All budgets are, inevitably, political — only the most unrealistic observer would expect them to be documents of policy purity. Most budgets include both good and bad policies, but this is a budget that ignores policy more than perhaps any other in recent memory.

It is a budget that is almost entirely focused on the political short term, with the single goal of the government getting through the budget process without upsetting voters and, as a hoped-for bonus, perhaps getting them to look again at the Abbott government.

Fortunately, the economic imperative at the core of the budget happens to coincide with the government’s short-term political agenda. Not merely would sharp spending cuts and tax rises to get us on a real path back to surplus be politically unpalatable, they would be economically disastrous. The budget forecasts that the economy will grow at just 2.5% next year, with falling business investment, weak nominal GDP and a big drop in terms of trade. This is a picture consistent with the Reserve Bank’s gloomy view of the economy, and one on which only a lunatic Teutonic austerista would impose big cuts.

But move forward a year into 2016-17, and the picture changes. Joe Hockey was almost defiantly upbeat about the economy in his media conference in the lockup — “green shoots”, “Australia’s best days are ahead of it”, etc — and the 2016-17 numbers reflect that: a return to trend growth, stronger household consumption, much stronger non-mining investment, even wages growth picking up (normally a big no-no for the Coalition, but much-needed at the moment for revenue growth).

Despite this, Hockey is still planning on a big deficit in 2016-17, $25 billion, based on continued high spending:GDP levels. The return to surplus is as far away as ever, with a $7 billion deficit in 2018-19 — and that’s based on the government collecting a remarkable 25.2% of GDP in taxes, a figure we haven’t seen since the mid-noughties.

In short, forget about fixing the deficit any time soon.

The only other sound policy component of the document is the childcare package, which we already know about: it’s a strong package, and the government should be applauded for investing in lifting workforce participation rather than just talking about it, and for investing in pre-schooling for kids from low-income backgrounds — policy that isn’t merely socially equitable, but economically and fiscally smart. As Crikey has already explained, the problem with the package is its funding, which is likely to prove politically problematic.

But beyond that, it’s a thin document indeed. Much is made of the small business package of tax cuts and accelerated depreciation, but it’s just $5.5 billion altogether over the forward estimates. There’s a sense of desperation about the measures collected into the traditional “Major Initiatives” and “Major Savings” part of the Overview document.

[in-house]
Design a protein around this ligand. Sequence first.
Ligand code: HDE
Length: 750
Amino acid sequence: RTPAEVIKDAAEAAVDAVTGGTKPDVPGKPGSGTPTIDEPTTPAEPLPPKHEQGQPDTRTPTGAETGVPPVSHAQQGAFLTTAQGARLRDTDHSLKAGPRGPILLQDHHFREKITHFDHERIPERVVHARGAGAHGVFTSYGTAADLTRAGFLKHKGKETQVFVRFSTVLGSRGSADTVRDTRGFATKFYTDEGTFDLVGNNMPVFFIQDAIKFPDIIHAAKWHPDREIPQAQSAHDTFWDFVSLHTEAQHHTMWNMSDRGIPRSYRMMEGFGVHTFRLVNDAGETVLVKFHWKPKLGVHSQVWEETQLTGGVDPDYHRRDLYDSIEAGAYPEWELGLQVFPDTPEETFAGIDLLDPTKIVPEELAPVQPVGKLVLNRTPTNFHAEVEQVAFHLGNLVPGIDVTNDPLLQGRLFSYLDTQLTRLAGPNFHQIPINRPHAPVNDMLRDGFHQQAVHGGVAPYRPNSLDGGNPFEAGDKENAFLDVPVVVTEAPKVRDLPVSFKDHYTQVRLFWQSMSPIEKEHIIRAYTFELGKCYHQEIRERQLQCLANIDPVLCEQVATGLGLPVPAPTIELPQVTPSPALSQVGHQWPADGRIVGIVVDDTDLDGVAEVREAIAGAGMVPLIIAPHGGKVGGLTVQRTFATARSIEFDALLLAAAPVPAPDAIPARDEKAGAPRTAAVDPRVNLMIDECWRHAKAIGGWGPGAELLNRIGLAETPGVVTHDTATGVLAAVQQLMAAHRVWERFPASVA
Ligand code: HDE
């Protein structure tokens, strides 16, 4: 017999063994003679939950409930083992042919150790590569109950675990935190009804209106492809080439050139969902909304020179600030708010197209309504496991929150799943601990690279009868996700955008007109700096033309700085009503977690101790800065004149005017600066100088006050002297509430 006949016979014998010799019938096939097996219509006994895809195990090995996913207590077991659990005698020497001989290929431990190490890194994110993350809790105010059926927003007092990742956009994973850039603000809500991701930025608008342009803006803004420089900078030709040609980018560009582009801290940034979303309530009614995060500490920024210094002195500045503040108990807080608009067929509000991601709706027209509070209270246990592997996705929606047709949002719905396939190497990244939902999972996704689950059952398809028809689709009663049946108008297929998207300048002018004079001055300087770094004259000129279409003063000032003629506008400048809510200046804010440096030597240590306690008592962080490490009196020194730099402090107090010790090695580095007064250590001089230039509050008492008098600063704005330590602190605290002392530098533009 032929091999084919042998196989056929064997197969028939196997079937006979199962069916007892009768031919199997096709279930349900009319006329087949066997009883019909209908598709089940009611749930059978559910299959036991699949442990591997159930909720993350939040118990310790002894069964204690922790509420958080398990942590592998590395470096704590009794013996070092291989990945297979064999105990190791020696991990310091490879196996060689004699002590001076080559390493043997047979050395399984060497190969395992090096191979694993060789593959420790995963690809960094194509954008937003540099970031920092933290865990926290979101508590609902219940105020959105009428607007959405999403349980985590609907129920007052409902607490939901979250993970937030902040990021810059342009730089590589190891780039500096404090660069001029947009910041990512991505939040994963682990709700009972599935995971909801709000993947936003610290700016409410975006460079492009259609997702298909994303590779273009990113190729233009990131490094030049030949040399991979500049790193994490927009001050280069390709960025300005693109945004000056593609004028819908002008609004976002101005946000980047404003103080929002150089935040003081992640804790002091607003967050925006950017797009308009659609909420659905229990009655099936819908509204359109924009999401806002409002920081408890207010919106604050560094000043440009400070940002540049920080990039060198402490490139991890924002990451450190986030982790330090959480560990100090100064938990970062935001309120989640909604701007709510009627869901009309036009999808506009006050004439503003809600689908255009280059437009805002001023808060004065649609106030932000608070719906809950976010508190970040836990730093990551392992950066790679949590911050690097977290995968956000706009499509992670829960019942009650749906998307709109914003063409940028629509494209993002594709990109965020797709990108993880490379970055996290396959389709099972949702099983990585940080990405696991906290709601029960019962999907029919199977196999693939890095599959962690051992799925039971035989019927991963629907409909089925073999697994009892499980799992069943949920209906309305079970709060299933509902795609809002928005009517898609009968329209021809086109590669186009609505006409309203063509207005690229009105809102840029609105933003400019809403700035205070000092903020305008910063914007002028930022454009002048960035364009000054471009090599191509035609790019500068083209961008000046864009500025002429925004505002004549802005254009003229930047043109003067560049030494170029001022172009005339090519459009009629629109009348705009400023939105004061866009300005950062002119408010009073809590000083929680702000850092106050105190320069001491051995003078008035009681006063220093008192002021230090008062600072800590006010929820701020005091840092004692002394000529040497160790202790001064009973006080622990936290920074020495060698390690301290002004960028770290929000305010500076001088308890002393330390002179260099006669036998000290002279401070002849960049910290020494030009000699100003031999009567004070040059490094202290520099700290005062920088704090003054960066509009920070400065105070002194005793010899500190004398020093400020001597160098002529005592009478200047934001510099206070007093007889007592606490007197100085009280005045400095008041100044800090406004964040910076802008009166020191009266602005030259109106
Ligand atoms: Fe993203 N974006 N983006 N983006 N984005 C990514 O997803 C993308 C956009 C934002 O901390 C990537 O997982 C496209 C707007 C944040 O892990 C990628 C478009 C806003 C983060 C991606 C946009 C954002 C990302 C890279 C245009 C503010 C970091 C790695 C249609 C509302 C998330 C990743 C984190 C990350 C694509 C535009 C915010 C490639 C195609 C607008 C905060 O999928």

A “Digital Transformation Office” (already announced) makes an appearance as a “major initiative” despite being worth only a quarter of a billion over four years. A saving of $86 million on employment services makes it in as a “major saving”. The much-anticipated stoush between the government and the pharmaceutical industry and retail pharmacy sectors, for all the talk of huge savings, will only bring in $1.8 billion over four years.

The idea behind the budget, of course, is that it is intended to be “boring”. But this appears to be the tedium of the policy-bereft, not just the politically motivated. With its signature fiscal approach of cut, cut, cut having being wrecked by the rank incompetence of the government throughout 2014, the Abbott government now appears clueless about what to do. It knows that it should do something about multinational tax avoidance, but doesn’t want to cause too much of a fuss. It talks a lot about infrastructure investment, but apart from a handout to WA and a development fund for northern Australia (one of the great developmental delusions of Australian politics), infrastructure is missing. Dud Labor ideas like e-health records — one of the most spectacular wastes of money of recent decades after War on Terror funding — are warmed over; dud ideas from the last budget, like the Medical Research Future Fund, are offered as vision.

If the budget won’t upset the voters, and thereby preserve Abbott’s hold on the top job, how much will it deliver the economic priority of stimulating business confidence and consumer optimism? Perhaps small business will start spending with more accelerated depreciation rebates; perhaps consumers, delighted their childcare problems have been fixed — or will be, in two years’ time — will start spending and, per Hockey, even borrowing, just like he is. But it’s not obvious that this slender, highly political fiscal set piece will deliver the necessary boost to confidence for a return to trend growth.

The 2014-15 budget harmed both the government’s fortunes and the economy itself. The 2015-16 budget might reverse some of the political damage, but it looks unlikely to repair the economic damage for a long time to come.

Peter Fray

Save 50% on a year of Crikey and The Atlantic.

The US election is in a little over a month. It seems that there’s a ridiculous twist in the story, almost every day.

Luckily for new Crikey subscribers, we’ve teamed up with one of America’s best publications, The Atlantic for the election race. Subscribe now to make sense of it all, and you’ll get a year of Crikey (usually $199) and a year’s digital subscription to The Atlantic (usually $70AUD), BOTH for just $129.

Peter Fray
Editor-in-chief of Crikey

JOIN NOW